What I Took With Me

(This is an excerpt from the paper I wrote about my time with the sisters of the Community of St. Francis in San Francisco in January. -G)

The end of my time with the sisters was bittersweet. I was ready to go home to my life with my wife and school, but I knew that I was going to miss the sisters and their way of life. Indeed, that has been the case. I miss the structured prayer times and praying together with the community. I also miss the service work we did, particularly at Martins soup kitchen. I especially miss the sisters because they welcomed me into their lives and told me their stories when I asked. In many ways, how they came into religious life is pretty much that same as how I followed my call into ministry: one part intention and one part providence. Every one of them, while being lead into religious life by different paths and for different reasons, would not give up their current life. I understand their dedication, because it’s similar to my own dedication to my call to ministry.
        
The realizations I came to during my stay, that I mentioned previously, have already made an impact on my ministry. Part of realizing that I am contemplative has made me really think about how I express myself publicly in ritual. While most of my mentors and friends are good preachers and public theologians, I realize that I my public ministry is much different. I am more comfortable to be an example of Jesus in the world, and to show, not tell, about the love of the deities and of Jesus. Much of the public ritual that I have designed is contemplative, and that it is all right for the rituals of my new church to reflect that. In some ways, my viewpoint is Franciscan. St. Francis admonishes in his Rule that the brothers should remember that they gave of themselves to Jesus and should act as Jesus did the world.
        
Being with the sisters has also renewed my need to be of service to others in need. It is difficult at the moment because of school, but I know that service to others will always been an important aspect of my ministry. I have always believed that as much as work on oneself is important, serving others is equally important. Service was also important to St. Francis, and that if someone were to ask a brother for help, they should give it. It is also important to the deities I work with, particularly Jesus and the Dagda. In the pagan community, many groups are very inward focused, or when they do outward service work, it is limited to the pagan community. While I don’t begrudge the inward work, I think that if it is not balanced with general service work (regardless of community), people can get stuck in their own heads and lose sight of the greater community of which they are a part. I plan to encourage service in my new church to help mitigate this, especially since the churches that are hosting my services could use the help.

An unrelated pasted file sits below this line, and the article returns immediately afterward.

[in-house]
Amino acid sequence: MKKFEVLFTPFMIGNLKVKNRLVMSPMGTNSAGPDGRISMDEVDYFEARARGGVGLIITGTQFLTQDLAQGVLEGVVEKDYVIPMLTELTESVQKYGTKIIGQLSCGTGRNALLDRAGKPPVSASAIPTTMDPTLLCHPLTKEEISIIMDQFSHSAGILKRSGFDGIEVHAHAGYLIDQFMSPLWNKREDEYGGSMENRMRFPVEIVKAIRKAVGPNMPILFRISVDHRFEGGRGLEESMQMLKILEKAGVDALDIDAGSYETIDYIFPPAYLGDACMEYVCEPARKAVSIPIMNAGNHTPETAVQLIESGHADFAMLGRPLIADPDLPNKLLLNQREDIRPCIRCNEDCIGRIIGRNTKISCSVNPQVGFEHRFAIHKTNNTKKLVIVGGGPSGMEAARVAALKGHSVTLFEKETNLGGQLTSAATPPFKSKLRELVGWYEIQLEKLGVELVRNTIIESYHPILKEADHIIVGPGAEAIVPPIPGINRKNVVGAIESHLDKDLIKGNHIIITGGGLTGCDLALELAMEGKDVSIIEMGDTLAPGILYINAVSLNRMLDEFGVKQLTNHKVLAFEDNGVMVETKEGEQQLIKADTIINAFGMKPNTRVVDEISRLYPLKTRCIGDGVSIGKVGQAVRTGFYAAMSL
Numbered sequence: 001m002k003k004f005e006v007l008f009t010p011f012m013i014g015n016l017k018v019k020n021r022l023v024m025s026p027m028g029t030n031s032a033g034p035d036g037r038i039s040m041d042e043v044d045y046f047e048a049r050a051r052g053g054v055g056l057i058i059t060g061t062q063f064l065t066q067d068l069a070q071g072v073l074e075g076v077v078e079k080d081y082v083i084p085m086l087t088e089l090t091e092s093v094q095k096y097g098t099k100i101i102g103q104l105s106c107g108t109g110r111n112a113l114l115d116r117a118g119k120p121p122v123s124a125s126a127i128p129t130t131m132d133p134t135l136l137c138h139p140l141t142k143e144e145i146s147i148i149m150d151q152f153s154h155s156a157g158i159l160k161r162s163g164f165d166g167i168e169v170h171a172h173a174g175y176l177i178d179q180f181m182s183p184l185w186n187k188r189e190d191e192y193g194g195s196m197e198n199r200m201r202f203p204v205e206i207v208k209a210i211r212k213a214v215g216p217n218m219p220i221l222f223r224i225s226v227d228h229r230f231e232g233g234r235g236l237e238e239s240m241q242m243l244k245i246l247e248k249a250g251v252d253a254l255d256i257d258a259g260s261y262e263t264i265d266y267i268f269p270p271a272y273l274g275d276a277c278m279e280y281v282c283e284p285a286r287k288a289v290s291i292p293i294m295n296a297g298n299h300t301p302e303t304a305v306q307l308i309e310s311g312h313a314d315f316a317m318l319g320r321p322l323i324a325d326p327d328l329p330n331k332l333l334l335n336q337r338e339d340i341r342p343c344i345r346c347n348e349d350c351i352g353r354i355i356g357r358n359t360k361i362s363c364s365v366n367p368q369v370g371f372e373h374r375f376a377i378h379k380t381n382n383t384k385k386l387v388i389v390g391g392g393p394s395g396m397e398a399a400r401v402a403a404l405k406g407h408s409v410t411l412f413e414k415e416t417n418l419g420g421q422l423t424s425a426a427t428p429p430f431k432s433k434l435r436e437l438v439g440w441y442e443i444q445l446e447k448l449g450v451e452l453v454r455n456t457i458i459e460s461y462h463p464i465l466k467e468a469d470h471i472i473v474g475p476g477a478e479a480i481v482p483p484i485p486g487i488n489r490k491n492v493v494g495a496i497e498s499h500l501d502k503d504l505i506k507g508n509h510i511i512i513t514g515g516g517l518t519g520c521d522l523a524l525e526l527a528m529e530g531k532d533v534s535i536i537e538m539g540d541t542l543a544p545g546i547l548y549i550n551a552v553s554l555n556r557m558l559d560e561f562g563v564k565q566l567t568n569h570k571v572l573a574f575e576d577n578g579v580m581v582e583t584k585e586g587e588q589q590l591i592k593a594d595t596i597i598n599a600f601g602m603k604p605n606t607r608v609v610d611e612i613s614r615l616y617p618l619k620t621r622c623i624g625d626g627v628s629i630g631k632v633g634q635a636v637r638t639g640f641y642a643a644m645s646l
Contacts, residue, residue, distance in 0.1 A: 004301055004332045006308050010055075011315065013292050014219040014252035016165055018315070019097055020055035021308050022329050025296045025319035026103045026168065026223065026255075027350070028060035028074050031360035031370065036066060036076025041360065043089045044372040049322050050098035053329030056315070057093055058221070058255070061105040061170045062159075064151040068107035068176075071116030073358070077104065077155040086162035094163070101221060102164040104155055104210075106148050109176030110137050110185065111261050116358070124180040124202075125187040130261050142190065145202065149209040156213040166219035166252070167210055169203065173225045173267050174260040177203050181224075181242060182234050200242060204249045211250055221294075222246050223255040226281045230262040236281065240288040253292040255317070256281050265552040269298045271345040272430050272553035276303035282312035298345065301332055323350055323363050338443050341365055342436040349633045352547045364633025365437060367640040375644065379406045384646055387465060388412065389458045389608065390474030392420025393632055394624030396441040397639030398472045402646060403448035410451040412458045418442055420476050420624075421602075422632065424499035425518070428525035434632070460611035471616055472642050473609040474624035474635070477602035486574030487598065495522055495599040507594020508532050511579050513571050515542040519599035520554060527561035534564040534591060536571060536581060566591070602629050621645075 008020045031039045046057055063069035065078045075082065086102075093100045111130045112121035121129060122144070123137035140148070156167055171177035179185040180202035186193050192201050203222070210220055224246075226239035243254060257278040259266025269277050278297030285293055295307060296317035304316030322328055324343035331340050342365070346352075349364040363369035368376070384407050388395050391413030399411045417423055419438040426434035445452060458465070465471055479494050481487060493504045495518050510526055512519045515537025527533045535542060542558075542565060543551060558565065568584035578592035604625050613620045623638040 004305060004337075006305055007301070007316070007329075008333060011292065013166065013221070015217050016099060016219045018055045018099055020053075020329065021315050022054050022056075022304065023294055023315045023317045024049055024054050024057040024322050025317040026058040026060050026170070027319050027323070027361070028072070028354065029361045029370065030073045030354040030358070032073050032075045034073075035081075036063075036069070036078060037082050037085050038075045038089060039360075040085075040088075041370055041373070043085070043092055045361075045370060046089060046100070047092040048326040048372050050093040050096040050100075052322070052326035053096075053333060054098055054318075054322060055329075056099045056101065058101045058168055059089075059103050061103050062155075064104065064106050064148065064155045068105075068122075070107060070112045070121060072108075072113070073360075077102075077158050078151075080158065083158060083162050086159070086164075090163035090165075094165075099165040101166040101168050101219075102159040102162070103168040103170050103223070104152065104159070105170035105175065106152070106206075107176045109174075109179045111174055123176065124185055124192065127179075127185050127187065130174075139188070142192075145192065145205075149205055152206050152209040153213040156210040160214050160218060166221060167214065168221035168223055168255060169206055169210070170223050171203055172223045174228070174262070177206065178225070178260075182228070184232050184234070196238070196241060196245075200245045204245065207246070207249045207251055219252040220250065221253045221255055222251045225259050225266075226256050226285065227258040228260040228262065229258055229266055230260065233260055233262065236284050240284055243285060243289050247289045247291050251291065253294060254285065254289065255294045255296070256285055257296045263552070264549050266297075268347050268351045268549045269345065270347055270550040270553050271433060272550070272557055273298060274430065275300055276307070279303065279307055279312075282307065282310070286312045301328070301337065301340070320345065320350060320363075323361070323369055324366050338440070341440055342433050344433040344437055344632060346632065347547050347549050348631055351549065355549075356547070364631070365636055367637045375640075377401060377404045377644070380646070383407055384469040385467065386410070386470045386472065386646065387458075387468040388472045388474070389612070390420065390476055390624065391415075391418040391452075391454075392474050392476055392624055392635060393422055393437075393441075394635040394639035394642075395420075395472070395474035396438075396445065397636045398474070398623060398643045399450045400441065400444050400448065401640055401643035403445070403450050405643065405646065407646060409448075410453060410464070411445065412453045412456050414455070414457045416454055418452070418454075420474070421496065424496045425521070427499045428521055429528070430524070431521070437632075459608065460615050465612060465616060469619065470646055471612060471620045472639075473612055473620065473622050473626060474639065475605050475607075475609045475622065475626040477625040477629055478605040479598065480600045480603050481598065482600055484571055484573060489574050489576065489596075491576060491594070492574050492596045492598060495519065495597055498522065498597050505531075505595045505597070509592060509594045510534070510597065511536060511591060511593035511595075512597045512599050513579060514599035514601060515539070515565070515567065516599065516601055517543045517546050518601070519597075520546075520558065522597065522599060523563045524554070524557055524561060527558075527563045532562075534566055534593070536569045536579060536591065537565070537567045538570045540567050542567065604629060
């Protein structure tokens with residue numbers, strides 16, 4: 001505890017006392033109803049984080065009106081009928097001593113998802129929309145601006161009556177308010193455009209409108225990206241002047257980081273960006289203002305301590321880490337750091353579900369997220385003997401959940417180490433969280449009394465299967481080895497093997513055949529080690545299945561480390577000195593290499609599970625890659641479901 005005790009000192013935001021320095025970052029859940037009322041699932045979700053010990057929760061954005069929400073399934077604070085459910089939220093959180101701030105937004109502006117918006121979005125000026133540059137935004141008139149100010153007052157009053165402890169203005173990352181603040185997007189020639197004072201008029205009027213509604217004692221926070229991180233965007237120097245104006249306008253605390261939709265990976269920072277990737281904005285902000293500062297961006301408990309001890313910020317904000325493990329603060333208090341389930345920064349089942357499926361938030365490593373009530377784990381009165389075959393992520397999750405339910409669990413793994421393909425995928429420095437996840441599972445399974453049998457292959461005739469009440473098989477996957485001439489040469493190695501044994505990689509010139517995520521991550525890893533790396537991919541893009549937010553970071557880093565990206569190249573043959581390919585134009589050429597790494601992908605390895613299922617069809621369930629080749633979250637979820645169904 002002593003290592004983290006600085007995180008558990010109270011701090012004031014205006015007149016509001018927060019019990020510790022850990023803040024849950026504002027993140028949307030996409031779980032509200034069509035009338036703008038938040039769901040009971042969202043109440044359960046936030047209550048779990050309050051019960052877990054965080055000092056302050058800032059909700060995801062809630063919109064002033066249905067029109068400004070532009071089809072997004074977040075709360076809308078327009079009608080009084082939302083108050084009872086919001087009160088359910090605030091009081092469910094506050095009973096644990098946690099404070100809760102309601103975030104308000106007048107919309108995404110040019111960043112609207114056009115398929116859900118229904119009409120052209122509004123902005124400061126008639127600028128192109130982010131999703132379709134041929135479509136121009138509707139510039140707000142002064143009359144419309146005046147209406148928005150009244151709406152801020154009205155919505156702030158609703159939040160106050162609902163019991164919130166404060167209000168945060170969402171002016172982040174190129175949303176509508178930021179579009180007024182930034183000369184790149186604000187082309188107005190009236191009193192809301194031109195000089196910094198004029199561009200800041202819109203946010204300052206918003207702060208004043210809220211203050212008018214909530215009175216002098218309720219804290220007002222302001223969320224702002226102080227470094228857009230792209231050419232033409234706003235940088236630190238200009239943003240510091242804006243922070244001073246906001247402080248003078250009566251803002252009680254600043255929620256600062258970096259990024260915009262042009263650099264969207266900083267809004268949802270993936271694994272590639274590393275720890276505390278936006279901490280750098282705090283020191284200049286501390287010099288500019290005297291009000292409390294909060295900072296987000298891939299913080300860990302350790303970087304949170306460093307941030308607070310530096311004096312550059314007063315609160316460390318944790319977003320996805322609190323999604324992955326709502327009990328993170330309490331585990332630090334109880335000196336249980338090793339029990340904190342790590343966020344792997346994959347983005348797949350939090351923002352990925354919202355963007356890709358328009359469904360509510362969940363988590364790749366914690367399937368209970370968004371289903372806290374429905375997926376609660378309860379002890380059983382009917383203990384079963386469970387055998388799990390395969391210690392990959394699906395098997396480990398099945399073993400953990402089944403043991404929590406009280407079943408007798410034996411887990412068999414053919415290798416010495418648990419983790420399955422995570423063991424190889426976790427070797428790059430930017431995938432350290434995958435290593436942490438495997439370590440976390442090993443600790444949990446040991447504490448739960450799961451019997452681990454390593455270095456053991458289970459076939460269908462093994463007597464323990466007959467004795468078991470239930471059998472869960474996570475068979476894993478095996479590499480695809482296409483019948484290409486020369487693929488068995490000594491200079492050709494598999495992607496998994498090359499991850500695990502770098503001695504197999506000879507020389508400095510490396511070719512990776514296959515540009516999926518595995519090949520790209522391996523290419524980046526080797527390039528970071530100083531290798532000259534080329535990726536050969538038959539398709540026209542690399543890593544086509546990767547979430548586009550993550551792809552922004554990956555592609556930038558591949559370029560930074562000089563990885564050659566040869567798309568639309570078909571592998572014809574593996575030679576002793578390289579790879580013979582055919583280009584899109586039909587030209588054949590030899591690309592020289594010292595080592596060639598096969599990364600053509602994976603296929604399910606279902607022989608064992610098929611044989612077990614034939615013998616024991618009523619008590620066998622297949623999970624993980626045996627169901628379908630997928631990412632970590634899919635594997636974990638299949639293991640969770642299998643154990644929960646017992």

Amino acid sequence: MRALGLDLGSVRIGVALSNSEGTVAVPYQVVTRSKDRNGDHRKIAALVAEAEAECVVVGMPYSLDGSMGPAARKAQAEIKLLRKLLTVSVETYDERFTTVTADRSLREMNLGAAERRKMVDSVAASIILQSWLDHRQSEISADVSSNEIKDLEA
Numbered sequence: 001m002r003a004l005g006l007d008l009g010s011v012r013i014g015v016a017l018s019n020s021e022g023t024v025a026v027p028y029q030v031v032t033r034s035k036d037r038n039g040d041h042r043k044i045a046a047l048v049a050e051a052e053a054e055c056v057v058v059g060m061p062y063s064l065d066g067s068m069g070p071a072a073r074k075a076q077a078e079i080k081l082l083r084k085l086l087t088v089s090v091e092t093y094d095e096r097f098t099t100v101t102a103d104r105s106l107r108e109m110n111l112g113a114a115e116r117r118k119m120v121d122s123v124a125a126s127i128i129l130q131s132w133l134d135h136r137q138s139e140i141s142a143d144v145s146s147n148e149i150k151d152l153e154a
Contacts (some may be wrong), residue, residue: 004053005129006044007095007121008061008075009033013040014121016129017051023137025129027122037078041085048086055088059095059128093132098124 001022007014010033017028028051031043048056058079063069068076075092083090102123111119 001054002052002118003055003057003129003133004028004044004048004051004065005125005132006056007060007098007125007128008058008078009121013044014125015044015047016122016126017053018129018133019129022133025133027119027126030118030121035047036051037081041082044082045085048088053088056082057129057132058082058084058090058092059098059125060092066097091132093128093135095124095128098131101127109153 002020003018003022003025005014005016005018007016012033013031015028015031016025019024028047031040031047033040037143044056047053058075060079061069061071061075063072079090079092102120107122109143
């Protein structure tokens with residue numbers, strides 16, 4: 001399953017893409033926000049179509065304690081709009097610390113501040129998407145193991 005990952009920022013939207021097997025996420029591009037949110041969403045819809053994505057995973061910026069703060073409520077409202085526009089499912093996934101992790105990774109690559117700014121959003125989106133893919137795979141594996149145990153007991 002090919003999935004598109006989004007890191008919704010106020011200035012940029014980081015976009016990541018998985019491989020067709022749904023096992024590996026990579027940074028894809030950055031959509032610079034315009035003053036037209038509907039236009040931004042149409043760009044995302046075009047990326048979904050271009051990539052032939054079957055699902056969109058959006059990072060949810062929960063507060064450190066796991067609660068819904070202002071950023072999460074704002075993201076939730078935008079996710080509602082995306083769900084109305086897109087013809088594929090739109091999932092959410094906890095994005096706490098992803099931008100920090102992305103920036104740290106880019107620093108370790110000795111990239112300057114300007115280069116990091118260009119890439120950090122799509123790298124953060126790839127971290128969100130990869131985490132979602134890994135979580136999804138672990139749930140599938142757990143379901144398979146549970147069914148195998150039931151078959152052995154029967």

The last thing that I am taking with me from my experience is that I have a need for structured, monastic style personal practice. Steady and constant personal practice has always been difficult for me, especially since there are no Daily Office books for Wiccan-Christians, or set prayers, or much of any written liturgical infrastructure. My time with the sisters has shown me that it can be possible, and it has inspired me to create some sort of liturgy structure for myself. I have already written a Wiccan Christian liturgy, but I am now inspired to add more to it around daily prayer, monastic living, and actual written liturgical scripts. While I am not called to join a particular established order, I’m also inspired to maybe, some day, establish a monastic type community. Much of this, however, needs to wait until after I have finished school, because I would wear myself out if I tried to do everything that I was inspired to do by my experience!
        
I really appreciate that the sisters were able to take me into their lives. I have learned a great deal from them about how to live a religious life in the general sense. It has greatly changed my ideas about what “religious life” is. As the sisters told me, the religious life, whether cloistered or not, is not where one goes to hide. It is where you find out who you are and what plans God has for you. In prayer, you cannot hide from your innermost self, and that without that prayer doing the work of God will be difficult. The sisters showed me how to live and work in community, and that living a monastic life is both simple and difficult, but not impossible. Their love and friendship during (and after) my stay is something that I will always treasure.

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